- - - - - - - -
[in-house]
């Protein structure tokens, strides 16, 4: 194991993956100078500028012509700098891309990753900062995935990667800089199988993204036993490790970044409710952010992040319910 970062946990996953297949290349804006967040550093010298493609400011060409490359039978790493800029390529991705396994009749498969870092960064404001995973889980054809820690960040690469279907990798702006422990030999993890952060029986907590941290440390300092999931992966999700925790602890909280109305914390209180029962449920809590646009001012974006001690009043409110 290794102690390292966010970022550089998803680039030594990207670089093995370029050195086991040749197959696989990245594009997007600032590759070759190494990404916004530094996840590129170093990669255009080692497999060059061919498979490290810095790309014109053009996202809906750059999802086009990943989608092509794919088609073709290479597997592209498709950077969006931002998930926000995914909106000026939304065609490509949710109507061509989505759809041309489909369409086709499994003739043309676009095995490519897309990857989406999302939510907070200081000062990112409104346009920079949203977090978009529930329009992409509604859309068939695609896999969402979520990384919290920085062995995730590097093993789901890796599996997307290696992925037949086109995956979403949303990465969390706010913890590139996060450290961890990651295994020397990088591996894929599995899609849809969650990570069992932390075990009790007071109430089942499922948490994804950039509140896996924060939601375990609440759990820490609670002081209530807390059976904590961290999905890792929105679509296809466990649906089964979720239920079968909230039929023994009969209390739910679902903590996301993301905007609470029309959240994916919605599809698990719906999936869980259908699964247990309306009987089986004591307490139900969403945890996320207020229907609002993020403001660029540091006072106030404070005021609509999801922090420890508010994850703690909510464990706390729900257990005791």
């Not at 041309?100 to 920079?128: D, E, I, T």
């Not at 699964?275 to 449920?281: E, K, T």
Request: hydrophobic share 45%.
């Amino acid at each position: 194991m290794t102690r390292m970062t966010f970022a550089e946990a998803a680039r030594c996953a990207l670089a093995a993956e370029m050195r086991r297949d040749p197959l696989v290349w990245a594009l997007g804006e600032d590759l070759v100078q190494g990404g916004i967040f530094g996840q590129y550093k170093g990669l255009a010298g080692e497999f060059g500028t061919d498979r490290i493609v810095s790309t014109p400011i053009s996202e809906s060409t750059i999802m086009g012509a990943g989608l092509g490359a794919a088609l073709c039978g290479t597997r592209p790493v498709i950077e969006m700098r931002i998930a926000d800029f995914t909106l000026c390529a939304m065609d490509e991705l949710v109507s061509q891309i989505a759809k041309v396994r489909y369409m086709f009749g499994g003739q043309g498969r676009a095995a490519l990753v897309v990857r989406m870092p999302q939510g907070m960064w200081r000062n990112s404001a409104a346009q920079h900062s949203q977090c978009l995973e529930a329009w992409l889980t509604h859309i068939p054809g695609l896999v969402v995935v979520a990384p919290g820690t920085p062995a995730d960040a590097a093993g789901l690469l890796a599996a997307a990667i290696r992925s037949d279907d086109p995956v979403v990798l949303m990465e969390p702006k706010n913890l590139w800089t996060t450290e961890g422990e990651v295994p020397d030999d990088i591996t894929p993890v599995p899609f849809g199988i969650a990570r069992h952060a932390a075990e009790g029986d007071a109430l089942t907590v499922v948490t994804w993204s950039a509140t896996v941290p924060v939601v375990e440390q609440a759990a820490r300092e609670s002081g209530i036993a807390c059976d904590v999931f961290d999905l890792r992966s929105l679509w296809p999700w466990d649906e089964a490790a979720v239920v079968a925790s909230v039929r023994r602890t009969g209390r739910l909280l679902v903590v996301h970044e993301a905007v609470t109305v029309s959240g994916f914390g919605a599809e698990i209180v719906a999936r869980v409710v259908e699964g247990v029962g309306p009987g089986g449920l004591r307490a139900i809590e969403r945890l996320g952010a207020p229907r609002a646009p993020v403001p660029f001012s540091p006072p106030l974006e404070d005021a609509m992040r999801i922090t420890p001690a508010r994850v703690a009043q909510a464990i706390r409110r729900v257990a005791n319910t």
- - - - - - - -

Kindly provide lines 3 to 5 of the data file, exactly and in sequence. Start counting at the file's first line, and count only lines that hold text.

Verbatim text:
């Not at 041309?100 to 920079?128: D, E, I, T």
């Not at 699964?275 to 449920?281: E, K, T």
Request: hydrophobic share 45%.